Islamabad, April 23 (Inditop) Ending their standoff with the Pakistani government, the Taliban, which had occupied Buner in the country’s northwest just 100 km from this federal capital, have begun withdrawing from the area amid reports that the army is preparing to go into action against the militants.
The withdrawal followed talks between the government’s representative, Syed Mohammed Javed, and Sufi Mohammad, the Taliban-backed radical cleric who had brokered a controversial Feb 16 peace deal to impose Sharia laws in Swat, Buner and five other districts of the North West Frontier Province (NWFP), that is collectively known as the Malakand division, in return for the fundamentalist militants laying down their arms.
“There has been a major breakthrough in the talks and Maulana Sufi Mohammad has agreed to travel to Buner and convince the Taliban to leave the area,” DPA news agency quoted Javed, the divisional commissioner of Malakand, as telling reporters earlier Friday.
The cleric then visited Buner, following which the Taliban began pulling out and headed for their Swat headquarters.
The withdrawal notwithstanding, the Pakistani Army was mobilising and would be ready to go into action against the Taliban by Sunday, Dawn News channel said, quoting military sources.
Analysts here pointed out that should the army go into action, it would effectively nullify the peace accord. The army had been fighting the Taliban till early February, when the militants declared a truce to enable the peace accord be worked out.
On his part, Pakistani Army chief Gen. Ashfaq Parvez Kayani said Friday the military fully backed the government in its fight against terrorism. Speaking at a meeting of the top brass at the General Headquarters in the adjacent garrison town of Rawalpindi, he said victory against militancy will be achieved by all means.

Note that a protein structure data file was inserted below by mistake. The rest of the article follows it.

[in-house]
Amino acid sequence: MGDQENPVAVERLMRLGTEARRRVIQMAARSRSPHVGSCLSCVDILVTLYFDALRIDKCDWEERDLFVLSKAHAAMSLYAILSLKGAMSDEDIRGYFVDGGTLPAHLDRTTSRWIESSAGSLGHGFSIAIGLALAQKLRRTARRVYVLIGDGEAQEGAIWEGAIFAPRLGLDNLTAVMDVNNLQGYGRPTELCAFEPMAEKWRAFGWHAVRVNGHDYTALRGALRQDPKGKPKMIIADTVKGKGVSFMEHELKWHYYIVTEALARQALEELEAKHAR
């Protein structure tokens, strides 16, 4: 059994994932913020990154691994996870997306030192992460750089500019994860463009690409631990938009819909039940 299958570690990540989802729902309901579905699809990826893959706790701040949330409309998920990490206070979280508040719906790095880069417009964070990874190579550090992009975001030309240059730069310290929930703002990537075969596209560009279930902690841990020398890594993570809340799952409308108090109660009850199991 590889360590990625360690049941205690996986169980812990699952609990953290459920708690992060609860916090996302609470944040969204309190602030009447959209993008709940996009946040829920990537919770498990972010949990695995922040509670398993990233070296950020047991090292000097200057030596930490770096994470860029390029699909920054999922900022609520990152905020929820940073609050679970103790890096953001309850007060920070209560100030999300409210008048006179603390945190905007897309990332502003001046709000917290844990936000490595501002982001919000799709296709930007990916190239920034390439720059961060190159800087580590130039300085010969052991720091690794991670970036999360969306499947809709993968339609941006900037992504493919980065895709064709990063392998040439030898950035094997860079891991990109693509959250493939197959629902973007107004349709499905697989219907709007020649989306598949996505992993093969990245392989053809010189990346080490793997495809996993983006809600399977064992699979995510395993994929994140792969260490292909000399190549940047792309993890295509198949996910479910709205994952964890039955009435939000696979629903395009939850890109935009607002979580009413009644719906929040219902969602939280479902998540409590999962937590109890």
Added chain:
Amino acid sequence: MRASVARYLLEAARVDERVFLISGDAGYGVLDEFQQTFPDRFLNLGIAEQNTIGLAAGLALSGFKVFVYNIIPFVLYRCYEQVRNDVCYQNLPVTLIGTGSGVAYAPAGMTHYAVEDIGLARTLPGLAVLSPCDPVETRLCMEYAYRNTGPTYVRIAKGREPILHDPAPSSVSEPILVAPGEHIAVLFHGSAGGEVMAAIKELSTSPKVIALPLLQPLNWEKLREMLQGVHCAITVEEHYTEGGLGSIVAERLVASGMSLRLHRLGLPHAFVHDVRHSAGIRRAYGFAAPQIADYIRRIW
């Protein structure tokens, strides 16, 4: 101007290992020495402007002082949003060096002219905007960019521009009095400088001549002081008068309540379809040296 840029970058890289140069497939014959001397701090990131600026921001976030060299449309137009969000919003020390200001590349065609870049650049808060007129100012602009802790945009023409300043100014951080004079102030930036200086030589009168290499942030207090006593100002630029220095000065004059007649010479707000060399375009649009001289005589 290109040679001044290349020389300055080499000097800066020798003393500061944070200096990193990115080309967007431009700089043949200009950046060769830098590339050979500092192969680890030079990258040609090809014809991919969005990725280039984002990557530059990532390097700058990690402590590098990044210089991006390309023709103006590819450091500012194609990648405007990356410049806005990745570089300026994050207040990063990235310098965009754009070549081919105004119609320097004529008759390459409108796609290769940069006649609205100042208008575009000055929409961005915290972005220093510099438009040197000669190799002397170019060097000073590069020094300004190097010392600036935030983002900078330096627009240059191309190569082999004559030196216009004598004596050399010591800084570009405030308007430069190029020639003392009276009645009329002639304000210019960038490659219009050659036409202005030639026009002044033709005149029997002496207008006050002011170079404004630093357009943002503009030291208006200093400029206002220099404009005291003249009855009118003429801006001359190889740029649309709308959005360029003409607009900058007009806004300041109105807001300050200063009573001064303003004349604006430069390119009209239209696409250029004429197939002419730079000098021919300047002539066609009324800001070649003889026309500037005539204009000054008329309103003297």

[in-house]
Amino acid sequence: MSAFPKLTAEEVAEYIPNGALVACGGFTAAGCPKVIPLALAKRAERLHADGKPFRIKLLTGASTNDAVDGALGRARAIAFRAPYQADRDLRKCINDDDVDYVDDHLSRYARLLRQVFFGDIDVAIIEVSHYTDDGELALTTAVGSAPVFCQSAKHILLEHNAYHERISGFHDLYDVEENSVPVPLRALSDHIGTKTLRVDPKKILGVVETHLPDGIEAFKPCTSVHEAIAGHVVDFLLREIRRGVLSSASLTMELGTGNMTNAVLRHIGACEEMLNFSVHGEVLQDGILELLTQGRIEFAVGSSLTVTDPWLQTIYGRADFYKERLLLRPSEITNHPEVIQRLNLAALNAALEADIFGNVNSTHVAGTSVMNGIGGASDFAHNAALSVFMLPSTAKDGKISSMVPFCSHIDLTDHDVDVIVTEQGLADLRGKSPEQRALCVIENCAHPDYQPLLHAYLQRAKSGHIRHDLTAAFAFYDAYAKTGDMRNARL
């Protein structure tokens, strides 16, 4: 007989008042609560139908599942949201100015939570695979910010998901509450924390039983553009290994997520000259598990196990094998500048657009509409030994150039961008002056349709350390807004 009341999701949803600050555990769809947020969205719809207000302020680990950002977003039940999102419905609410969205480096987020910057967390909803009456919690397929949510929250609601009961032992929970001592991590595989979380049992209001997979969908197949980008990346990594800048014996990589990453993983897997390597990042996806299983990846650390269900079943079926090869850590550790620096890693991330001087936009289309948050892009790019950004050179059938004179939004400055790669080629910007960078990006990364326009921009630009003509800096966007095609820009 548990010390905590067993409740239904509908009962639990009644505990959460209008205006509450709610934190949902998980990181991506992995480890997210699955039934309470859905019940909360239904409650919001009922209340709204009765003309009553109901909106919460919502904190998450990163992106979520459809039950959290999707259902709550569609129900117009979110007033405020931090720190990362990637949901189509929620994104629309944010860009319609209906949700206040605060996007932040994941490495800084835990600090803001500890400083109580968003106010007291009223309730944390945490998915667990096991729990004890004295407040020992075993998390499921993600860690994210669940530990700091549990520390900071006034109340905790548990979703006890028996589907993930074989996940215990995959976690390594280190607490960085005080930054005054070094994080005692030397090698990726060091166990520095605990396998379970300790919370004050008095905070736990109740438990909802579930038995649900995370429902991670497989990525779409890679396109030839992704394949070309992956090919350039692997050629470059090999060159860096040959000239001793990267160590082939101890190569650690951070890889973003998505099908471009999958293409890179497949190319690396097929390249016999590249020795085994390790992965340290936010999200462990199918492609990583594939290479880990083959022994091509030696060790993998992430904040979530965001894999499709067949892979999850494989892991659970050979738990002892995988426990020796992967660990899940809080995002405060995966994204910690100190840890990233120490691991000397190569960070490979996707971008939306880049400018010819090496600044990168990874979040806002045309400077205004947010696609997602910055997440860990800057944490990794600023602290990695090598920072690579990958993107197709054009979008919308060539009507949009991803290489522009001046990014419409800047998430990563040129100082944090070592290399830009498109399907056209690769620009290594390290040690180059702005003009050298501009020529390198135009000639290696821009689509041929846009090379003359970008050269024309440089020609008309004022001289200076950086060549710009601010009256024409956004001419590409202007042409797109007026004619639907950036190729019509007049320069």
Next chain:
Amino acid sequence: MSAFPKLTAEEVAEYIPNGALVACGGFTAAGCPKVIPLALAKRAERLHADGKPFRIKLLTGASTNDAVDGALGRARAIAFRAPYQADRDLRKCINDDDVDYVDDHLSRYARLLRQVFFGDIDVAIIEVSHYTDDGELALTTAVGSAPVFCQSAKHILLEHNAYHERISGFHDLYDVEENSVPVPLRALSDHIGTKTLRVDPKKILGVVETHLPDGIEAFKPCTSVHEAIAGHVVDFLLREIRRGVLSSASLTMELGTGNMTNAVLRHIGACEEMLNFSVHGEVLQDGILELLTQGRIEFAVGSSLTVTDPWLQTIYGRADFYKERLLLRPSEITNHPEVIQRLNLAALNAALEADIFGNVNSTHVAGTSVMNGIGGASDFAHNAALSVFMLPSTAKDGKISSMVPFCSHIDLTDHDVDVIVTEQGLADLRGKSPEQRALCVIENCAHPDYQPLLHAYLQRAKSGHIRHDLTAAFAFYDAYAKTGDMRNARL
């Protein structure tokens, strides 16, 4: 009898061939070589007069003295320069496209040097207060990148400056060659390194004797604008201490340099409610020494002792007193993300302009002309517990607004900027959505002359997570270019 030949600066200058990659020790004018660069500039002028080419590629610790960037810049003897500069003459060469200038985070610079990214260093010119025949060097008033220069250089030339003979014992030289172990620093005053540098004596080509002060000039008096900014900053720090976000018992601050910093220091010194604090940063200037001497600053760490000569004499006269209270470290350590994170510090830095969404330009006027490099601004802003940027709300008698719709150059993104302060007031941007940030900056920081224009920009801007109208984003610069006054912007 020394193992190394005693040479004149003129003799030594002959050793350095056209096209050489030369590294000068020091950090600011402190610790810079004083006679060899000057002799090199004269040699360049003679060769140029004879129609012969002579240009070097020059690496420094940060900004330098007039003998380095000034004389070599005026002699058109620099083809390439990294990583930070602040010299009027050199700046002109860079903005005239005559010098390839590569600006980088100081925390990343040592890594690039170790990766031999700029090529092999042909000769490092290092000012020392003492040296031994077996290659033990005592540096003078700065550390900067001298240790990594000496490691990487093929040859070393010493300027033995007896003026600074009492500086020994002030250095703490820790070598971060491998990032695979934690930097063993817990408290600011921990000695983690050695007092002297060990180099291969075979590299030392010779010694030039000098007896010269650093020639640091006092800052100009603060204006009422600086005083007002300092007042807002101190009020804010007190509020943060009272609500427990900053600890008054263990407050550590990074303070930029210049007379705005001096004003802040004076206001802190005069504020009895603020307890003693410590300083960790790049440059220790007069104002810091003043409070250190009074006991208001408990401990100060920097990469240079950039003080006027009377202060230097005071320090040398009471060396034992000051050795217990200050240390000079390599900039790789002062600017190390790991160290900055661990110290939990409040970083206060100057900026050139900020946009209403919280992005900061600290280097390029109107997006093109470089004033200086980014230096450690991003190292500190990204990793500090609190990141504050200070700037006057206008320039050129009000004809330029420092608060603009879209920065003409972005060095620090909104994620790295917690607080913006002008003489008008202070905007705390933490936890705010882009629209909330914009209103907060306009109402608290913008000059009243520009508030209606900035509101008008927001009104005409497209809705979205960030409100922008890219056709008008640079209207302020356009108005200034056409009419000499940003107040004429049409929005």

Emboldened by the peace deal, the Taliban had moved out of their Swat headquarters to occupy Buner, triggering international alarm and prompting US Secretary of State Hillary Clinton to Wednesday accuse Pakistan of “abdicating” to the militants.
On his part, Pakistani Prime Minister Yousuf Raza Gilani warned of action against Taliban if they didn’t abide by the Feb 16 peace deal. He added to that Friday, saying: “Whatever be their demands, we will do what is in the best interests of the nation.”
The reference was to the Taliban demand for setting up Darul Qazas or Islamic courts of appeal to hear challenges to verdicts handed down by the Qazi courts to be set up in Malakand under Sharia laws.
Sufi Mohammad has previously termed as un-Islamic the Peshawar High Court and the Supreme Court which would hear the appeals.
That the Pakistani Taliban was softening was evident Thursday when it indefinitely extended the April 23 deadline it had set for establishing the Darul Qazas. The Taliban also clarified that it wasn’t seeking to create a state within a state with its Darul Qaza demand.